4

How can I display file content from the beginning up to some multi-line pattern without including the pattern itself?

For example, if I had a text file like this:

cat
dog
fox
cow
dove
bird
bunny
gnu
hen
dove
bird
buffalo

and if my pattern was this:

dove
bird
bunny

what I'd like to get would be:

cat
dog
fox
cow

My real file is huge so if there are multiple ways to achieve this, I'd prefer faster ways.

Also, I asked a similar question related to this just now, but it's different so please don't mark this as duplicate just because of that!

  • 1
    If the pattern is not found anywhere within the file should it print everything, or nothing? – steeldriver Jun 21 '17 at 19:05
  • @steeldriver, hopefully I'd like it to give an error instead in that kind of situation, but my file basically always has the pattern so it doesn't really matter. – stacko Jun 21 '17 at 19:17
  • sed -n '1N;N;/dove\nbird\bunny/q;P;D' will hold 3 lines in the pattern space at any point in time. Then we print the leftmost, slide it out, append next... till we hit the multi-line pat, at which point we promptly quit. Since the pattern is sure to be found, hence no need for storage. – user218374 Jun 24 '17 at 4:22
1

You could handle the input line-wise with sed and chain the multi-line pattern match:

/pat1/ { N; N; ...; /pat2\npat3\n.../q }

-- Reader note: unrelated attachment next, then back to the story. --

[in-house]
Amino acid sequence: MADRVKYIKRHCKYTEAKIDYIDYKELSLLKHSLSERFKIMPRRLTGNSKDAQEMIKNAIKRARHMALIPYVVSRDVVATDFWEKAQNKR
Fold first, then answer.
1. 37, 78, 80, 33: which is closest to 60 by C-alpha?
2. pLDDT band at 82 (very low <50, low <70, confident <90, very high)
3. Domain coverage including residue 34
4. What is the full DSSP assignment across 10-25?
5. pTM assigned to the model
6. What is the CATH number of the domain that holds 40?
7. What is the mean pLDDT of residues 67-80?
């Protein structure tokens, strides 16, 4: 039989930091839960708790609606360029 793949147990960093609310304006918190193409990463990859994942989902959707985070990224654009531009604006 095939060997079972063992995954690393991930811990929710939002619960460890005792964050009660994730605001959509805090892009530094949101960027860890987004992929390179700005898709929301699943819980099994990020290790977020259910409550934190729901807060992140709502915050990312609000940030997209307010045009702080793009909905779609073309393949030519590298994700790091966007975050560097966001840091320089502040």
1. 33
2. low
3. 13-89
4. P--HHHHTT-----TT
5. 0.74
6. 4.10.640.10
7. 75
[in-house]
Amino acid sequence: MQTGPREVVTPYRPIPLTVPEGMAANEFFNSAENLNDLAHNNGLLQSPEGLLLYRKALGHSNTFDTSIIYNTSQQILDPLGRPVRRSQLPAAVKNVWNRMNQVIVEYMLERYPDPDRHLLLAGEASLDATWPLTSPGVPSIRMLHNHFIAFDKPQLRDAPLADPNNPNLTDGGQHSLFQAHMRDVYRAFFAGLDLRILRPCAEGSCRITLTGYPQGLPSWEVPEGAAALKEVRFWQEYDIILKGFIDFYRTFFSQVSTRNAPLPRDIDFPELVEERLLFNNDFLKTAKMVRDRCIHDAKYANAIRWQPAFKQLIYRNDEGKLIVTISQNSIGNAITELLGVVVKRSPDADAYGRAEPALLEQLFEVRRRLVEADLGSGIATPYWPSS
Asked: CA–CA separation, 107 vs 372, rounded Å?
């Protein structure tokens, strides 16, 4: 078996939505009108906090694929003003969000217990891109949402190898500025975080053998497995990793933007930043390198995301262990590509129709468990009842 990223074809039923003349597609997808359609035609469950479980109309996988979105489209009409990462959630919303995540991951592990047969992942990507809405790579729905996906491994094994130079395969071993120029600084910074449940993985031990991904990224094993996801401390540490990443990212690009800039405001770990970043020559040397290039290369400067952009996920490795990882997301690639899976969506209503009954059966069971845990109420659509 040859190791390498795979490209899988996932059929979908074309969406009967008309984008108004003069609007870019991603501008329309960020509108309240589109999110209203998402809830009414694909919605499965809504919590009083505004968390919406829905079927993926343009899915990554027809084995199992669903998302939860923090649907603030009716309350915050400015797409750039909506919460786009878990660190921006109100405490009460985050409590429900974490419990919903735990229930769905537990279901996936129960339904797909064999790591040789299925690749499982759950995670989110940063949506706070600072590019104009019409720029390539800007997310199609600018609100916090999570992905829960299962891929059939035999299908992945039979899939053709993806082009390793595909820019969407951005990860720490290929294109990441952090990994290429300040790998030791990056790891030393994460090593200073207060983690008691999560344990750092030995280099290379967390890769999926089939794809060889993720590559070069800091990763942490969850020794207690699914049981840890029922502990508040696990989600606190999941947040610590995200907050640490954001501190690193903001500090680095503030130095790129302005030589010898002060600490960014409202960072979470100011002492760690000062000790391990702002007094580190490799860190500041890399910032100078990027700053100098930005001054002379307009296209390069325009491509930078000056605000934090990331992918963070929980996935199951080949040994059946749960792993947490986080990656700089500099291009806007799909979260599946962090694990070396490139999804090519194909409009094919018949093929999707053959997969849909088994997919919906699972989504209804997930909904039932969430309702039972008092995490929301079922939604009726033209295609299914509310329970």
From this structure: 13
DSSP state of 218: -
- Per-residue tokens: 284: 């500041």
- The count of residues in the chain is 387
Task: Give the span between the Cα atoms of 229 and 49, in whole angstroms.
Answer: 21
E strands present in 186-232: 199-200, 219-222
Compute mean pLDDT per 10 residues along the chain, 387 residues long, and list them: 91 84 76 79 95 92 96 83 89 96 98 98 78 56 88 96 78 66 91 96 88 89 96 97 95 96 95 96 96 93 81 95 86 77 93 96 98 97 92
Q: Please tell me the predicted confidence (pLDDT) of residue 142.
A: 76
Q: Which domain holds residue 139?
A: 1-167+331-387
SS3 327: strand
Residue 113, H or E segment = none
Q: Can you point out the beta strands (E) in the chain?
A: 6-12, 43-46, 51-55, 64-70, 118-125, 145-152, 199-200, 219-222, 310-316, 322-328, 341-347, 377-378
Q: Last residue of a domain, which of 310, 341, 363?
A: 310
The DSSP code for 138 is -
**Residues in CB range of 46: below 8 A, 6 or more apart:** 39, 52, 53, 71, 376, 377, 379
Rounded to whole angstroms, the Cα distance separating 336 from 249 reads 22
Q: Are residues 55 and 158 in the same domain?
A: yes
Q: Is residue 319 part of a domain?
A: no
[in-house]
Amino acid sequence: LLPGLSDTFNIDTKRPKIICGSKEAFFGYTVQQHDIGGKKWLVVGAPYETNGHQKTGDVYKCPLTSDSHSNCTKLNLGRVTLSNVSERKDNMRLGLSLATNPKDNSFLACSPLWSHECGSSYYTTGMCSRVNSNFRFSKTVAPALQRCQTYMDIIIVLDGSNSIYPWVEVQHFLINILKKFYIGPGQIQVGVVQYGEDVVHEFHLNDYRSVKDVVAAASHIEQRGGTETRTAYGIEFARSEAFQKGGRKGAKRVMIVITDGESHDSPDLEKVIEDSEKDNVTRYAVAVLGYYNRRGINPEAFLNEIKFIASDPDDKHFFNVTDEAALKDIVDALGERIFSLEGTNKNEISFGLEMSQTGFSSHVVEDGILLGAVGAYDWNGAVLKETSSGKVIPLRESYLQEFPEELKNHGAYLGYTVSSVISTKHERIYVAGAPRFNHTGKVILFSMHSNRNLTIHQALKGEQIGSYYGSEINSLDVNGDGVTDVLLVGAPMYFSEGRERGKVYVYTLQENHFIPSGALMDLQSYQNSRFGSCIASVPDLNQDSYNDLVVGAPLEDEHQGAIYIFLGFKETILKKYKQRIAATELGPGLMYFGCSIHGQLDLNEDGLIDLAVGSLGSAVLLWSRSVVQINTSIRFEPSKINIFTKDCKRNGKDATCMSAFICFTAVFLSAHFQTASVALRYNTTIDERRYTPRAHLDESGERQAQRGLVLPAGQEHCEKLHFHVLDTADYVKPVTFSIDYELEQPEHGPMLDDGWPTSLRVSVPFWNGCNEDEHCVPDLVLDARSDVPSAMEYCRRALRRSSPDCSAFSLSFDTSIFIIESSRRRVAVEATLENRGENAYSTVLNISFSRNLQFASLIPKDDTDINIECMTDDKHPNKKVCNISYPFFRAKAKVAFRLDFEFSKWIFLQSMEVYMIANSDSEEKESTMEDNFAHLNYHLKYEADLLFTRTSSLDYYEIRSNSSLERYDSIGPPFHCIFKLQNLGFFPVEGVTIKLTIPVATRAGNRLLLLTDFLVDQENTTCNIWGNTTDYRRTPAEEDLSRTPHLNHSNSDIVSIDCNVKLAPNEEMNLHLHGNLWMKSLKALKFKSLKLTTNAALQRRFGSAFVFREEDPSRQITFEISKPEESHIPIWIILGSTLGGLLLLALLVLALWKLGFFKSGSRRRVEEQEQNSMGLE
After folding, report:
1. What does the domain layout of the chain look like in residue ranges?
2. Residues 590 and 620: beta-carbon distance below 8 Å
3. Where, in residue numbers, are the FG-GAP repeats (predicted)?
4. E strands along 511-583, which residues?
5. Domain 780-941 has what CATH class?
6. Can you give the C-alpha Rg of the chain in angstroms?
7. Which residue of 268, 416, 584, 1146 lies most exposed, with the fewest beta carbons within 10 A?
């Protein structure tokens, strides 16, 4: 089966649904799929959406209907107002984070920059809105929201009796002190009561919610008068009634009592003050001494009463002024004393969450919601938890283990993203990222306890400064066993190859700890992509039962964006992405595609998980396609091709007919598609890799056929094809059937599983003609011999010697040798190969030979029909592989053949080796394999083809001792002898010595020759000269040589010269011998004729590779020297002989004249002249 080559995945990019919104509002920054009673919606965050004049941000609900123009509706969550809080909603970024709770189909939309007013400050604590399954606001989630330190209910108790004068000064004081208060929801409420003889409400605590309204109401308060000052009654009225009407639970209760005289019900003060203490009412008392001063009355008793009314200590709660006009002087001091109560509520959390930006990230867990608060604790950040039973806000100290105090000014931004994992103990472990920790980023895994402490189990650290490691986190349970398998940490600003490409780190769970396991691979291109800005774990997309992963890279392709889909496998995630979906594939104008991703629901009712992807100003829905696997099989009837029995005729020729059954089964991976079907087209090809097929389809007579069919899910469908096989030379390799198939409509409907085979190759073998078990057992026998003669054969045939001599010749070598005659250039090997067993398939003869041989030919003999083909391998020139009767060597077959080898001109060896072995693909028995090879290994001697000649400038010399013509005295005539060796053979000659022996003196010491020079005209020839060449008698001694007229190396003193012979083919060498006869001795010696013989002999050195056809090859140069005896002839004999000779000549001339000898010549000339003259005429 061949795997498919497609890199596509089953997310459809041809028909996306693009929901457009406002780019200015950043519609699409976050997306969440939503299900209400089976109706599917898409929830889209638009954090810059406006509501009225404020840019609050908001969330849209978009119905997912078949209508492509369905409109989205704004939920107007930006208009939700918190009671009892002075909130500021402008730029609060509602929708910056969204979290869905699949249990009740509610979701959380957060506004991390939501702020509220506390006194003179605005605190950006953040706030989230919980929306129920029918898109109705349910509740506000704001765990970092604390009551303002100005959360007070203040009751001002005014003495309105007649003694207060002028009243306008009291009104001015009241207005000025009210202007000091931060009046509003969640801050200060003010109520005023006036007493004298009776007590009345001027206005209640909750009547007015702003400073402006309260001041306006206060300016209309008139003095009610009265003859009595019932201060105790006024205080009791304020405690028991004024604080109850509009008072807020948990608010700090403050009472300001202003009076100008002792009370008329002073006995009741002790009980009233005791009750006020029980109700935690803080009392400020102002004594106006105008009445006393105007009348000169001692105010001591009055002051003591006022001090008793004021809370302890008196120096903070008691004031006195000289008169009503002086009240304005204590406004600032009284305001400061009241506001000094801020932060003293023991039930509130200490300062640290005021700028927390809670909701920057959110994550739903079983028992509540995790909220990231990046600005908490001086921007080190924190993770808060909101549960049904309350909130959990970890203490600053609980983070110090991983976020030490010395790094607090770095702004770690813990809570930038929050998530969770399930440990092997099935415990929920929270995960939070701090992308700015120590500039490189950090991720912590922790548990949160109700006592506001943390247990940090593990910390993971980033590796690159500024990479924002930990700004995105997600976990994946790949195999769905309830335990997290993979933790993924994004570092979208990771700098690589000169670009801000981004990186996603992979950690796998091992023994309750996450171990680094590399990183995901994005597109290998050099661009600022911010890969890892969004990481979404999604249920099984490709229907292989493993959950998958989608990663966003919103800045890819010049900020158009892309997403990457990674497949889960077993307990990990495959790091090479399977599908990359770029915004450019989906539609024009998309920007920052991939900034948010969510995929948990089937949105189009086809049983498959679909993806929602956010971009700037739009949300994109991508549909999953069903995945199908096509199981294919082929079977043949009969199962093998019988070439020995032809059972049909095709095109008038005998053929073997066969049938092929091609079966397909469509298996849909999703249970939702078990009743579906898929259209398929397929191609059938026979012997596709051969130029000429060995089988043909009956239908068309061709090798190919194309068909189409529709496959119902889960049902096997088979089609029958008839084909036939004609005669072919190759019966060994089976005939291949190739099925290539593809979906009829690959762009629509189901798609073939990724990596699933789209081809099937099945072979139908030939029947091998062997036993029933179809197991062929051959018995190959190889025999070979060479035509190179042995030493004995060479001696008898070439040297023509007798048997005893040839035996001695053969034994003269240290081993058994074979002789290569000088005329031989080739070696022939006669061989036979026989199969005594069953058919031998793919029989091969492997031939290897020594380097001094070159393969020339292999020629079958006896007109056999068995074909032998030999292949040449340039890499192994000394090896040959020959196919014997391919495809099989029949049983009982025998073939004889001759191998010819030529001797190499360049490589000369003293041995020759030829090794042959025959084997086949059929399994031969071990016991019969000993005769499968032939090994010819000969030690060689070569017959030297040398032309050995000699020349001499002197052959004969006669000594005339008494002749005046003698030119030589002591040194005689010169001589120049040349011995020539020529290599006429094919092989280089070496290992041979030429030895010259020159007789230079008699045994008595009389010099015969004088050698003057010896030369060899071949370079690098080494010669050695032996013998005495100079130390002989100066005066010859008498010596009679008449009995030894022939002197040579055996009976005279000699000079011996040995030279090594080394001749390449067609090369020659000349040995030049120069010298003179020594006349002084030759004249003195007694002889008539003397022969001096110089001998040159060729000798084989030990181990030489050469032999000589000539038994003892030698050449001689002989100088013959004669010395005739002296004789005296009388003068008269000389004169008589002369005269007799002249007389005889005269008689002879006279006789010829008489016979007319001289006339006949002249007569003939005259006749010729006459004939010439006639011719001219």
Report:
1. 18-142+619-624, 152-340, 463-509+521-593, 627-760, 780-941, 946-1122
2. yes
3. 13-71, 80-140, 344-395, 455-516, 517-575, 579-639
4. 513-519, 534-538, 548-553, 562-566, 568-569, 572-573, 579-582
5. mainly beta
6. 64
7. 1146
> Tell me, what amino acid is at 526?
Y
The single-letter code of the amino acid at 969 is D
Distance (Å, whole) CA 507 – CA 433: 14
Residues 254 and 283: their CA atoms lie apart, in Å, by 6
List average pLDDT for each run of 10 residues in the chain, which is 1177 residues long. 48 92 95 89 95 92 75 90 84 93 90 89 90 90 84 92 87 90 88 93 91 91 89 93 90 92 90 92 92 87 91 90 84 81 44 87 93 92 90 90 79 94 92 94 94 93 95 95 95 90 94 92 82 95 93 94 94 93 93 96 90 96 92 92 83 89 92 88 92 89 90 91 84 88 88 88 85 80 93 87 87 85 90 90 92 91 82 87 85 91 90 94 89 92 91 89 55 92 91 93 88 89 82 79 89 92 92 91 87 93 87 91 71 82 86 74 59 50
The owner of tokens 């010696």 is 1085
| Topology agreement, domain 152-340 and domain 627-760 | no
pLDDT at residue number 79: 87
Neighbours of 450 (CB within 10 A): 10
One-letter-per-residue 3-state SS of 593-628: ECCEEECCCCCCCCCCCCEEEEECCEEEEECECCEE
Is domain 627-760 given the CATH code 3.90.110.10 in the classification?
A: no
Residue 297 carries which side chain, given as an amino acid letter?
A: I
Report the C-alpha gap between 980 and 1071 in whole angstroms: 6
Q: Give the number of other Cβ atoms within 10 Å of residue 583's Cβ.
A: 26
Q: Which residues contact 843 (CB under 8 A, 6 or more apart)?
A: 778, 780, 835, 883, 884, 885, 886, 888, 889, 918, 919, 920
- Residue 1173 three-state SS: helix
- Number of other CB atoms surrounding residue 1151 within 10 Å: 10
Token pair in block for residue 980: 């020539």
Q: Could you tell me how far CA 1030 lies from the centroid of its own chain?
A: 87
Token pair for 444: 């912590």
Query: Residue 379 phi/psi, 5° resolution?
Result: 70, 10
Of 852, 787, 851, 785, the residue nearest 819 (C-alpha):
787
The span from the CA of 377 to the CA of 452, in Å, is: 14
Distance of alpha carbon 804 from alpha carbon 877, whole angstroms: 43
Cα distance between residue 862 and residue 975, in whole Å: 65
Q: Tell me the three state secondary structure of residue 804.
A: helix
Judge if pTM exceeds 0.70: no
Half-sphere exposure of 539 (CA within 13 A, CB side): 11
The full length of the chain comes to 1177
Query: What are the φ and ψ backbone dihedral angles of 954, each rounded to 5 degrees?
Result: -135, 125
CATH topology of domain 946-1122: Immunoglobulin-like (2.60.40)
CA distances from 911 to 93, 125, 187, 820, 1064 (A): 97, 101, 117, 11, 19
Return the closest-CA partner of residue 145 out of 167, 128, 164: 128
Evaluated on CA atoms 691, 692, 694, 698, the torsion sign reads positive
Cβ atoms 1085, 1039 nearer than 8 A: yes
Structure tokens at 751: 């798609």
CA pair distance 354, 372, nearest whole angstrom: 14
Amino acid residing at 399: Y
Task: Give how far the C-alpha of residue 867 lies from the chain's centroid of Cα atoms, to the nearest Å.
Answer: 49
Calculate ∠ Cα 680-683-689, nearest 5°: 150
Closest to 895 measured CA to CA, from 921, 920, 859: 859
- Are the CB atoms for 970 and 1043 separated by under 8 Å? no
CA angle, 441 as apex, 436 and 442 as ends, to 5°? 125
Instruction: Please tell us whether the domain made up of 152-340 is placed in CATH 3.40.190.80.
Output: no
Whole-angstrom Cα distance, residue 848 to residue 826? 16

So in your example, that would be e.g.:

sed -n '/^dove$/ { N; N; /\nbird\nbunny$/q; }; p' infile

Output:

cat
dog
fox
cow
| improve this answer | |
1

Here's an alternate sed approach, that uses branching to maintain a 3-line buffer in pattern space and test it against the multiline pattern, quitting when found:

sed -n '
  :a
  $q
  N
  /dove\nbird\nbunny/q
  3,$ {
    P
    D
  }
  ba
' file

With GNU sed, you can use the Q command to quit without printing the current pattern space, plus it allows a more free-form syntax e.g.

sed -e :a -e '$Q' -e 'N;/dove\nbird\nbunny/Q' -e '3,${P;D}' -e 'ba' file

or

sed ':a; $Q; N; /dove\nbird\nbunny/Q; 3,${P;D}; ba' file
| improve this answer | |
0

Here is a bit of a Python hack to do that.

Code:

# !/usr/bin/python
import sys
with open(sys.argv[2], 'rU') as f:
    patterns = f.readlines()

result = None
with open(sys.argv[3], 'rU') as f:
    last_match = 0
    for i, line in enumerate(f):
        if line != patterns[last_match]:
            last_match = 0
        else:
            last_match += 1
            if last_match == len(patterns):
                result = i + 1 - len(patterns)
                break

if result != None:
    if sys.argv[1] == 'tail':
        print("tail -n+%d %s" % (result+1, sys.argv[3]))
    else:
        print("head -n%d %s" % (result, sys.argv[3]))

Run it

To output up to the pattern:

`python split_on_pattern.py head pattern_file data_file`

To output from the pattern on:

`python split_on_pattern.py tail pattern_file data_file`
| improve this answer | |

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